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Art of the Two-Handed Sword part 4: Let's See some Action!

Of the Primo Assalto, the fourth part is one of my favorites. It is really the fourth part that kicks off the flowing and inspiring nature of Marozzo’s two-handed sword.

The same feeling is reflected in the fifth and ninth part, and in a way also in the final tenth part. But before we can get that far let’s hear what Marozzo has to say about the fourth part.

Fourth part that discusses the tramazoncello

Therefore you being in Porta di Ferro Alta and your enemy in the selfsame guard, I want you to throw a tramazoncello, with your left foot passing toward his right side, in a way that your sword falls into Cinghiara Porta di Ferro Stretta.

And from the said Cinghiara you drive a thrust (punta infalsata) to the outside, that will go to his left temple over his sword: for fear of the said thrust he will expose his lower parts wherein you will give a <span class="glossaryLink cmtt_Strikes" data-tooltip="

Mandritto
Literally "right hand". Refers to strikes that originate from the right (sword-hand) side of the fencer. Mandritto is a roof term for these cuts, but on its own it refers typically to a downwards diagonal cut from the right with the true edge, a mandritto sgualembrato.">mandrittotondo to the feet that draws and enters into Guardia d’Entrare in largo passo.

And then, being in the said Guardia d’Entrare you will pass with your right foot strongly forward and push a thrust, crossing your hands together over the enemy’s sword on the inside, that is to his left side, and the said thrust will go strongly to his face; and then for the fear of this thrust he will displace it with his true edge towards the inside, then you will let go a mezzo <span class="glossaryLink cmtt_Strikes" data-tooltip="

Mandritto
Literally "right hand". Refers to strikes that originate from the right (sword-hand) side of the fencer. Mandritto is a roof term for these cuts, but on its own it refers typically to a downwards diagonal cut from the right with the true edge, a mandritto sgualembrato.">mandritto to his right leg that will not pass Porta di Ferro Larga.

Then if your enemy attacks your head you will draw the right foot close to the left and parry his strike with the true edge of your sword, in Guardia di Faccia, and having parried you will gallantly pass your left foot toward his right side and give him a roversofendente that will fall into Coda Longa Alta.

Then for you safety draw the left foot close to the right and go with your sword into Guardia di Croce and then throw the right foot two spans behind the left and throw a falso dritto to his hands from below upwards; and in throwing the said falso the left foot will go strongly behind the right, in a way that your sword will go into Porta di Ferro Alta, and here settle yourself neatly and gallantly.

I realize how long this is and (for those not well accustomed to reading Bolognese fencing terminology) words do not fully do justice to the nature of this play. While I odn’t yet have a proper video to demonstrate this sequence, I can explain and analyze it a little.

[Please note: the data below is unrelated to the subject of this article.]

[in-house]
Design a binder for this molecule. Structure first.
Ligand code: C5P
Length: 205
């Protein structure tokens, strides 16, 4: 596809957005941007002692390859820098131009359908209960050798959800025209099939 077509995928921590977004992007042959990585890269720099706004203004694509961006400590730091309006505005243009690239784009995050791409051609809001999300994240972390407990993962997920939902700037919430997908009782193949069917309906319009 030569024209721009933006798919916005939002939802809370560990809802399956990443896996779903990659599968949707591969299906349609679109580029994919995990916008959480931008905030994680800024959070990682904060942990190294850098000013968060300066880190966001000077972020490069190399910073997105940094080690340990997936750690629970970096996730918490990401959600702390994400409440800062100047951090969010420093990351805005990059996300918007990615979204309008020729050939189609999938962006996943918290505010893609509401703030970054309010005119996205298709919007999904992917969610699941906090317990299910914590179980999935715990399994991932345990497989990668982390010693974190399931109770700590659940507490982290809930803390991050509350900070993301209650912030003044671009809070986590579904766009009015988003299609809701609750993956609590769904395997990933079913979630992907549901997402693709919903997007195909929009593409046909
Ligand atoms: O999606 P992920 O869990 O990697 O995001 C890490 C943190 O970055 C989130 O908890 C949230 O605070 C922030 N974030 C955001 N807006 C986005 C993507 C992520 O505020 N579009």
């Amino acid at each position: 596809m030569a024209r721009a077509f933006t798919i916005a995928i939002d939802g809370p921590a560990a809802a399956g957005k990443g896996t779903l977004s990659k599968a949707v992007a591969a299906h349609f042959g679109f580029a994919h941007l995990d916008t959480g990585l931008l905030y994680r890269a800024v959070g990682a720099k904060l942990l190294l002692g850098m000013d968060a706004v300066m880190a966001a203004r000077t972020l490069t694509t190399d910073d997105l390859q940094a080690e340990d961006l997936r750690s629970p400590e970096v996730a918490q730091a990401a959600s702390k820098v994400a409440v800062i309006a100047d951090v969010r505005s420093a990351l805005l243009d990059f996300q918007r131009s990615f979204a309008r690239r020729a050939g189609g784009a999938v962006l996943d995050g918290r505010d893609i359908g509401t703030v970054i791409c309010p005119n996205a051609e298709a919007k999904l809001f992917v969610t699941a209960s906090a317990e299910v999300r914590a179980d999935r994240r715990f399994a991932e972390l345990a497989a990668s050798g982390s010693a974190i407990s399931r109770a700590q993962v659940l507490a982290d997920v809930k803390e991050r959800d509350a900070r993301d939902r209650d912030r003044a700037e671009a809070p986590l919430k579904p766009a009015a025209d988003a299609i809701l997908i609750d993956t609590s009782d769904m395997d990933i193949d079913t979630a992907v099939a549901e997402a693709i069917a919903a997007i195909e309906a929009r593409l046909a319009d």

As the title suggests, this video introduces the tramazoncello. A tramazoncello is a little tramazzone, but what is that, then? A tramazzone is a type of cut explained to be done as a wheeling wrist cut when used with a one-handed sword, that is typically done by letting the sword-point drop to the inside and delivering the cut as a righ-to-left diagonal descending action (which would be called a <span class="glossaryLink cmtt_Strikes" data-tooltip="

Mandritto
Literally "right hand". Refers to strikes that originate from the right (sword-hand) side of the fencer. Mandritto is a roof term for these cuts, but on its own it refers typically to a downwards diagonal cut from the right with the true edge, a mandritto sgualembrato.">mandritto).

Entering into the realms of interpretation I have come to the conclusion that with the two-handed sword the tramazzone is typically done by dropping the point to the outside, mainly because of how the left hand acting as a lever enables different mechanics. The tramazoncello therefore, I believe, is simply a smaller version of this. Almost like a round disengaging action that keeps the point oriented forwards rather than wheeling it around.

After this action, that gets you on top of the opponent’s sword you launch a thrust and for the duration of multiple actions you never cease to keep the offensive, going from one target to another until your opponent avoids your cut to the leg and responds with an attack. Even at this moment you will only let him keep the initiative for but a little instant, until you parry and strike again.

In the end you finish with the retreat out of measure that is already familiar to us from parts one, two and three: parrying with hands crossed in guardia di croce, following with a falso to the hands.

This part of the assalto is my favorite exactly because of the sequence of

  1. Initiating with a thrust that is parried high
  2. Following with a cut to the feet from the right, leading into a high left position with point threatening the face of the opponent
  3. Switching to a thrust from the other side by crossing the hands, with a descending thrust that is again parried, giving way for the next strike:
  4. another <span class="glossaryLink cmtt_Strikes" data-tooltip="
    Mandritto
    Literally "right hand". Refers to strikes that originate from the right (sword-hand) side of the fencer. Mandritto is a roof term for these cuts, but on its own it refers typically to a downwards diagonal cut from the right with the true edge, a mandritto sgualembrato.">mandritto the feet like before — almost as if you didn’t manage it first you make sure you get it this time!

In the next part we will see how Marozzo uses not the small tramazoncello, but a normal tramazzone to begin the engagement.